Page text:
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Counter Cyber-Based Bank Fraud with Artificial Intelligence

John Bailey By: Lenny Steinman


Financial institutions experienced $56 billion in losses attributed to fraud, prompting banking officials to reevaluate anti-fraud protocols. In response to the Federal Trade Commission’s recent report stating consumers suffered $8.8 billion in losses due to fraud, global banking institutions are collaborating with software providers to create proactive action plans to mitigate fraud by implementing Artificial Intelligence (AI).

Recent government investments in AI-based resources designed to counter bank fraud have enabled software specialists to further enhance programs utilizing AI and Machine Learning (ML) to reduce expenses associated with recovering stolen funds, revamp existing anti-fraud processes, and protect consumers from significant increases in global fraud attacks.

Evolution of Digital Fraud Prompts Industry Action

As industries continue adopting tech resources to optimize operations, individuals seeking to commit fraud have also embraced and deployed cutting-edge technology, prompting industries to seek skilled software development teams to counter fraudulent efforts that continue to impact revenues and consumers significantly.

Unauthorized transactions are amongst the most common methods of fraud within banking. Statista forecasts unauthorized transactions can cost financial institutions and consumers $38.5 billion by 2027. This chilling report has prompted the finance industry to implement software-based solutions to retain valued banking clients and reduce expenses associated with recovering lost revenue from fraud.

Phishing remains an effective method for committing financial fraud activities. Despite investments made by banking institutions to educate clients, the FBI reported consumers lost $54 million due to phishing scams. Phishing continues confusing consumers because they receive communications directly to personal and business e-mail accounts that closely resemble legitimate companies that advertise products and services by utilizing trademarked logos. E-mail-based scams seek to gather data to steal identities and directly result in unauthorized transactions.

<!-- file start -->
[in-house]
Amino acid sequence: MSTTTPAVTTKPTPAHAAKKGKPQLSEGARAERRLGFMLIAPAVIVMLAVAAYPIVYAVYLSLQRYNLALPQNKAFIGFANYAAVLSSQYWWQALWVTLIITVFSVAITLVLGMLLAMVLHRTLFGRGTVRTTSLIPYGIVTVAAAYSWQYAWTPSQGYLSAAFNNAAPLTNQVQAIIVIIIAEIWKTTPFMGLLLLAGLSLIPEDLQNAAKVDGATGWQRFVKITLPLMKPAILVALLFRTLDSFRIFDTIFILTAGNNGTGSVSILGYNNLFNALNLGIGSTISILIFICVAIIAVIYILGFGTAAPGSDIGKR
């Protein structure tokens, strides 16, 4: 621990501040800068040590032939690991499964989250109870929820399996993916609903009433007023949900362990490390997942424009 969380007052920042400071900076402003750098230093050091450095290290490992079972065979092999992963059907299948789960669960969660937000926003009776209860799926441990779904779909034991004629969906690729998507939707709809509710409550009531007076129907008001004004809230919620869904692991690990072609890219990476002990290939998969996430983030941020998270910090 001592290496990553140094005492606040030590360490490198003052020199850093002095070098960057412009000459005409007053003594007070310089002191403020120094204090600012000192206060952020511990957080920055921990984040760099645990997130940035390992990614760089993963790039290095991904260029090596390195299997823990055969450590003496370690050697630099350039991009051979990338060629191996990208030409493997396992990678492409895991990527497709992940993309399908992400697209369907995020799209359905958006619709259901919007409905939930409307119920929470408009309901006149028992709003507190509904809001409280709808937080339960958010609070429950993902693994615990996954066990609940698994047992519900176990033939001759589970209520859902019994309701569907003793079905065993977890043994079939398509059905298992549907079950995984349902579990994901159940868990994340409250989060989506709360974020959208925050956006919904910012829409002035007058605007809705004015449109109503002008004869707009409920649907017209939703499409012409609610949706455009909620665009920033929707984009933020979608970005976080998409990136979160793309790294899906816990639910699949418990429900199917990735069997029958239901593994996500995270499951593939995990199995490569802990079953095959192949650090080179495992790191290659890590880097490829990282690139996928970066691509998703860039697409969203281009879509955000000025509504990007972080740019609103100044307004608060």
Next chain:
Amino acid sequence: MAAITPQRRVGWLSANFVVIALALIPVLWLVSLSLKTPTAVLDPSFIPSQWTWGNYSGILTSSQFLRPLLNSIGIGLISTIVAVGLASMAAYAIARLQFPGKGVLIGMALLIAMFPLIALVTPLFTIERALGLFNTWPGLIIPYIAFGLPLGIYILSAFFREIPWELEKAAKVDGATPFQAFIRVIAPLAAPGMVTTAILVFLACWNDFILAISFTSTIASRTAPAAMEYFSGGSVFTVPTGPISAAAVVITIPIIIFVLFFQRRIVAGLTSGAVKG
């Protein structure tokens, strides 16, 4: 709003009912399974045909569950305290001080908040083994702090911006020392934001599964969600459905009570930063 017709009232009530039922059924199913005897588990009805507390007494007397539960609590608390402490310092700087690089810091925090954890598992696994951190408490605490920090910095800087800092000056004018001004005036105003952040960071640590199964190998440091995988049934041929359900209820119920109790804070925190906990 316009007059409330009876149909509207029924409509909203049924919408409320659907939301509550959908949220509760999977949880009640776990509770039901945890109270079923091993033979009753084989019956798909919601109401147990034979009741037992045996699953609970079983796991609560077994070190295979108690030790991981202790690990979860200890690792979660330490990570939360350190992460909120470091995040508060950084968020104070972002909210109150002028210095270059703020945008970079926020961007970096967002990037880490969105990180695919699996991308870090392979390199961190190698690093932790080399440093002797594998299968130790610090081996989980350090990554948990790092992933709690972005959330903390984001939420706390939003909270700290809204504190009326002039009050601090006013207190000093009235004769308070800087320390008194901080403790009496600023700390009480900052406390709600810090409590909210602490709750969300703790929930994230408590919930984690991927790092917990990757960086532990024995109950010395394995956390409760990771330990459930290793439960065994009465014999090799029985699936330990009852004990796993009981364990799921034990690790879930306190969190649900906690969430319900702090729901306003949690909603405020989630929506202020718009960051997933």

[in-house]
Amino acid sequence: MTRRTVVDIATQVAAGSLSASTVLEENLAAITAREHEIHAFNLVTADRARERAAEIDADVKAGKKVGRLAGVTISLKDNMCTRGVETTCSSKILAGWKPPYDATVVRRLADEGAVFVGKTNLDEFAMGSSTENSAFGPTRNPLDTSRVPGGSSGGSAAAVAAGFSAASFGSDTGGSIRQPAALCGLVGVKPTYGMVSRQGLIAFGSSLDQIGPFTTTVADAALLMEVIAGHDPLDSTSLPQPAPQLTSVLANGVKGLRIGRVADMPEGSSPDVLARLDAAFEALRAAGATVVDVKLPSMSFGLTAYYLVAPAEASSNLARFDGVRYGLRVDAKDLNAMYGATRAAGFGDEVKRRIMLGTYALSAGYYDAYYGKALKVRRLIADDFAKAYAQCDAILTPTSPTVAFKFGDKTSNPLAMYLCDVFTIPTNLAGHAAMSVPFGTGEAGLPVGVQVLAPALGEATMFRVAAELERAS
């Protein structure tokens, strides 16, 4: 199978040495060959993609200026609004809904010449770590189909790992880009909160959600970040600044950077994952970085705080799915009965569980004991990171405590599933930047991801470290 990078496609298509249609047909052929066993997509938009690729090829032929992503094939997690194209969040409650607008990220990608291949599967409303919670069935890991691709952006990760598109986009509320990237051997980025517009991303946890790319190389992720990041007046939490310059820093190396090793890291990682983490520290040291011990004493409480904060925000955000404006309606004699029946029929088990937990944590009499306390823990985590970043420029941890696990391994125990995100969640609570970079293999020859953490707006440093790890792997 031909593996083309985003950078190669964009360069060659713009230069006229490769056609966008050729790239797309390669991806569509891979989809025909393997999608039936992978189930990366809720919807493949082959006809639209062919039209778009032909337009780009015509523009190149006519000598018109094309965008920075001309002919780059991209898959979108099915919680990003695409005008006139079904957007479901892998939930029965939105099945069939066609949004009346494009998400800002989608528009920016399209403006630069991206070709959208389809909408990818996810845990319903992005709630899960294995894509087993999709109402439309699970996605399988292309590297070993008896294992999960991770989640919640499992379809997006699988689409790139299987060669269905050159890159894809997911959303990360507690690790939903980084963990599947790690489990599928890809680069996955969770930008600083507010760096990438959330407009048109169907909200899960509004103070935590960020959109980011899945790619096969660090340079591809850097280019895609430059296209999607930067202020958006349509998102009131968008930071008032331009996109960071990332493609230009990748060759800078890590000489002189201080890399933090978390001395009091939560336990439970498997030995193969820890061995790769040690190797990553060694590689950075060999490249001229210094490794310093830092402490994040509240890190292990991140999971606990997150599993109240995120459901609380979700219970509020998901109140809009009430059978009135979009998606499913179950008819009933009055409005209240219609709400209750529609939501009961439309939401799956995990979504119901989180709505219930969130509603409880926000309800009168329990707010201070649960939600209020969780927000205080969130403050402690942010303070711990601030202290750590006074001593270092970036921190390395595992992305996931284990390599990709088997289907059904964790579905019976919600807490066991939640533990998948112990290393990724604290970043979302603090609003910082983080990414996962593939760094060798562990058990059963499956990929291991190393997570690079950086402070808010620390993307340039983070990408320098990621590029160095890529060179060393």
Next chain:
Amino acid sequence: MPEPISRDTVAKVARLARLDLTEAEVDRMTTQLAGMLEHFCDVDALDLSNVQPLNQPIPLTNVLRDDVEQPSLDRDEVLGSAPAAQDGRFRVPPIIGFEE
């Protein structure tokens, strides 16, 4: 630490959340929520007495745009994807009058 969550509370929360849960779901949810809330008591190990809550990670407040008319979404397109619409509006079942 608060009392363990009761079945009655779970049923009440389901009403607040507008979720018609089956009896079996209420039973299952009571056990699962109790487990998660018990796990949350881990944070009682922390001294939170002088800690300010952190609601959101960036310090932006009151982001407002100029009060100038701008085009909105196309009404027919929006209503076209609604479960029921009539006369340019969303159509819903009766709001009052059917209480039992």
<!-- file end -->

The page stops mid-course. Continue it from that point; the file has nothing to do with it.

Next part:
Additionally, resources such as Natural Language Processing have further deceived consumers because fraudulent messaging is more accurately created to mimic industry language and official communications, making legitimate e-mail messages vs. phishing more difficult to decipher.

Financial institutions have adopted Artificial Intelligence resources enhanced by adept software developers to counter the significant increase in digitally-based fraud attacks. Software developers can customize fraud detection programs with unprecedented efficiency and superior performance.

Fraud Mitigation Strategies Powered by AI

Fraud activities follow patterns, but traditional investigation methods often overlook undetected critical nuances. Machine Learning, a subset of AI, sorts through vast amounts of data to quickly identify patterns in transactions, amount, frequency, and purchase category. Banks can assemble profiles, much like authorities, when working to identify suspects and analyze the data compiled by ML to gain a unique insight into fraud by learning what medium, what language, and other methods are used by a scammer to ultimately deploy strategies to proactively prevent scams while alerting clients to threats faster than traditional anti-fraud measures.

Machine Learning’s advanced data analytics enable expedient identification of which banking process is more vulnerable to fraud, allowing a bank to evaluate and upgrade its fraud protection processes quickly. ML enables large volumes of data to be monitored, far exceeding traditional, manual data analysis methods. Compiling and monitoring data in real-time is an invaluable resource because suspicious activity can be immediately identified, and banking personnel can proactively implement safeguards while providing enhanced fraud protection and customer service to clients.